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What are exemplary damages in a Texas wrongful death claim?

Under Texas state law the surviving spouses, children and parents of a person killed by a wrongful act are entitled to sue the responsible party for compensation. Texas defines a wrongful act as something which causes the death of another by means of negligence, carelessness unskillfulness or default.

Under the theory of wrongful death litigation, the statute creates a legal fiction in which the deceased sues the individuals responsible for the death as if he or she were still alive. Under that premise, a deceased person might sue for all of the money which one might have earned over the course of their lives had they not died prematurely. That deceased person might also ask the court to punish those individuals responsible for the death by making him or her pay a large amount of money to his or her family. Of course, no deceased person can file a lawsuit so instead, the statute allows the victim's relatives to sue for those same damages on behalf of the deceased.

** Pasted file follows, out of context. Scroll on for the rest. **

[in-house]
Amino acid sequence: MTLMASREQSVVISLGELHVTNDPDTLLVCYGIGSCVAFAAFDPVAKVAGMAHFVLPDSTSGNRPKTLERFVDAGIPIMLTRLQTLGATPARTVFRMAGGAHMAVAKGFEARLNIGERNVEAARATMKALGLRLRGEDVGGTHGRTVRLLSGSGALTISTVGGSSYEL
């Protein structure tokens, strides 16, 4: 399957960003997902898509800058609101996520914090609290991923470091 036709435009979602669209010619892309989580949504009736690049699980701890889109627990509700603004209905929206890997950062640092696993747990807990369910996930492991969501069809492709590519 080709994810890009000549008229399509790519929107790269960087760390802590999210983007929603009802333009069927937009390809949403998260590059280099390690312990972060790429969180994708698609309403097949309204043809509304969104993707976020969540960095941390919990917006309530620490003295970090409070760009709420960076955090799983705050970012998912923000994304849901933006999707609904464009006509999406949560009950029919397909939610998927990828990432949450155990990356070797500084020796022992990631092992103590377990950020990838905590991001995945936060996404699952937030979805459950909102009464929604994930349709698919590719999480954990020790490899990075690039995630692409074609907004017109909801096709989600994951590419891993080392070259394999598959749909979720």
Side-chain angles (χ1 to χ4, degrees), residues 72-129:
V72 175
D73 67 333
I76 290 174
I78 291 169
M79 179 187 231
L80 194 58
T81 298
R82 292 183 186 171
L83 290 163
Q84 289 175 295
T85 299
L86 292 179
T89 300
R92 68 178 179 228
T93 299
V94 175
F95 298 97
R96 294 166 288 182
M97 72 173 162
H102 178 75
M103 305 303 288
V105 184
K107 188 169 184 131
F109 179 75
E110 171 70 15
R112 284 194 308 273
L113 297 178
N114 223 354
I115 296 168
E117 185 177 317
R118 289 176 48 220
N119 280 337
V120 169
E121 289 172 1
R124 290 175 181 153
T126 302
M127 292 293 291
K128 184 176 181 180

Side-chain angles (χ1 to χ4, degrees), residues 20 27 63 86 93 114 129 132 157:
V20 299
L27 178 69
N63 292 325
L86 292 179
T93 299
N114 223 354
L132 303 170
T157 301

Exemplary damages are sometimes called punitive damages in other states. In Texas, defendants may be ordered to pay exemplary damages in instances where the court finds that the wrongful death was brought about by grossly negligent or willfully careless actions. In other words, this is a way for the court to punish a wrongdoer for especially bad negligent behavior which contributed to the death of another.

If you are a Texas resident who has survived the wrongful death of a relative you may be entitled to compensation. Additionally, you may also be entitled to recover exemplary damages depending on the circumstances surrounding your relative's death. A consultation with your attorney should help you determine if your case meets the states statutory definition of those damages.

Source: Texas State Legislature- Civil Practice and Remedies Code, "Chapter 71- Subsection A, Wrongful Death- Section 71.001" Oct. 01, 2014

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